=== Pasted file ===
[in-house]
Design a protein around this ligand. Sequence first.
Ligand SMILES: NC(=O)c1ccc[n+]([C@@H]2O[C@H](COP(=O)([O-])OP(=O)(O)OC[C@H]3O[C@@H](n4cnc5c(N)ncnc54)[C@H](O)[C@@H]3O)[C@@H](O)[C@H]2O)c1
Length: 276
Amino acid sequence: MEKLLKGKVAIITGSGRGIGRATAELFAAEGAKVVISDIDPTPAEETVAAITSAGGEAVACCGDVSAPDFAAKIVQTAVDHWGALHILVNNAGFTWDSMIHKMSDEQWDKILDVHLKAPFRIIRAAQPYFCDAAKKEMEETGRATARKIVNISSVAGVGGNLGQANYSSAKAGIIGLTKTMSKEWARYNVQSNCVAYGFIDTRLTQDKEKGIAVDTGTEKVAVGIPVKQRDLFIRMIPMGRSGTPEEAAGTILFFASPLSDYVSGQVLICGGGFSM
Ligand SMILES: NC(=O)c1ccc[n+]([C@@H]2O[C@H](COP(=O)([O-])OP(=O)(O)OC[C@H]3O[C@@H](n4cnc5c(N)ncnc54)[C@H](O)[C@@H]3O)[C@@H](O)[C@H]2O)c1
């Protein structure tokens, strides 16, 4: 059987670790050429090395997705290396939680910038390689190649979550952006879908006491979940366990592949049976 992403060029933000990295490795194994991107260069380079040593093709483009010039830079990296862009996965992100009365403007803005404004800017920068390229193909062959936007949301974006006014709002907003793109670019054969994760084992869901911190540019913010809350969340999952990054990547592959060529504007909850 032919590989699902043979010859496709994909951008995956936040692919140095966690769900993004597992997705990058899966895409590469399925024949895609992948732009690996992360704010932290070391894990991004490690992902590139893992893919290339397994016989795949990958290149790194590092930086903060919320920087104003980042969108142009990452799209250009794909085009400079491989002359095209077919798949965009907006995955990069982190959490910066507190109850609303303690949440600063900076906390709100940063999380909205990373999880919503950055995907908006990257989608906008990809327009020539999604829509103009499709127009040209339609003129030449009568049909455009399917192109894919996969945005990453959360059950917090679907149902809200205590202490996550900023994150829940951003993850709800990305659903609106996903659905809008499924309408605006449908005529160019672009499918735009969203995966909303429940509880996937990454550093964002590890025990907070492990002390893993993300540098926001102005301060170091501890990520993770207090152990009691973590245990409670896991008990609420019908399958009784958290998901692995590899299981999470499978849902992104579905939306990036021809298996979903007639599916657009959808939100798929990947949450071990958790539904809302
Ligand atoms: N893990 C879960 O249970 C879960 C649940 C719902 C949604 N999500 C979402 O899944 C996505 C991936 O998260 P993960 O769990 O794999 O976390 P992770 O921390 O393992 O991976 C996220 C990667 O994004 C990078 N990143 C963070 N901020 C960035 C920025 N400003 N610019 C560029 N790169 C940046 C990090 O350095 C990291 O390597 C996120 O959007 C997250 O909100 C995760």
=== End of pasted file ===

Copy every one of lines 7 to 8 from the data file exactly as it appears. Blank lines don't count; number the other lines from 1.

């Protein structure tokens, strides 16, 4: 059987670790050429090395997705290396939680910038390689190649979550952006879908006491979940366990592949049976 992403060029933000990295490795194994991107260069380079040593093709483009010039830079990296862009996965992100009365403007803005404004800017920068390229193909062959936007949301974006006014709002907003793109670019054969994760084992869901911190540019913010809350969340999952990054990547592959060529504007909850 032919590989699902043979010859496709994909951008995956936040692919140095966690769900993004597992997705990058899966895409590469399925024949895609992948732009690996992360704010932290070391894990991004490690992902590139893992893919290339397994016989795949990958290149790194590092930086903060919320920087104003980042969108142009990452799209250009794909085009400079491989002359095209077919798949965009907006995955990069982190959490910066507190109850609303303690949440600063900076906390709100940063999380909205990373999880919503950055995907908006990257989608906008990809327009020539999604829509103009499709127009040209339609003129030449009568049909455009399917192109894919996969945005990453959360059950917090679907149902809200205590202490996550900023994150829940951003993850709800990305659903609106996903659905809008499924309408605006449908005529160019672009499918735009969203995966909303429940509880996937990454550093964002590890025990907070492990002390893993993300540098926001102005301060170091501890990520993770207090152990009691973590245990409670896991008990609420019908399958009784958290998901692995590899299981999470499978849902992104579905939306990036021809298996979903007639599916657009959808939100798929990947949450071990958790539904809302
Ligand atoms: N893990 C879960 O249970 C879960 C649940 C719902 C949604 N999500 C979402 O899944 C996505 C991936 O998260 P993960 O769990 O794999 O976390 P992770 O921390 O393992 O991976 C996220 C990667 O994004 C990078 N990143 C963070 N901020 C960035 C920025 N400003 N610019 C560029 N790169 C940046 C990090 O350095 C990291 O390597 C996120 O959007 C997250 O909100 C995760």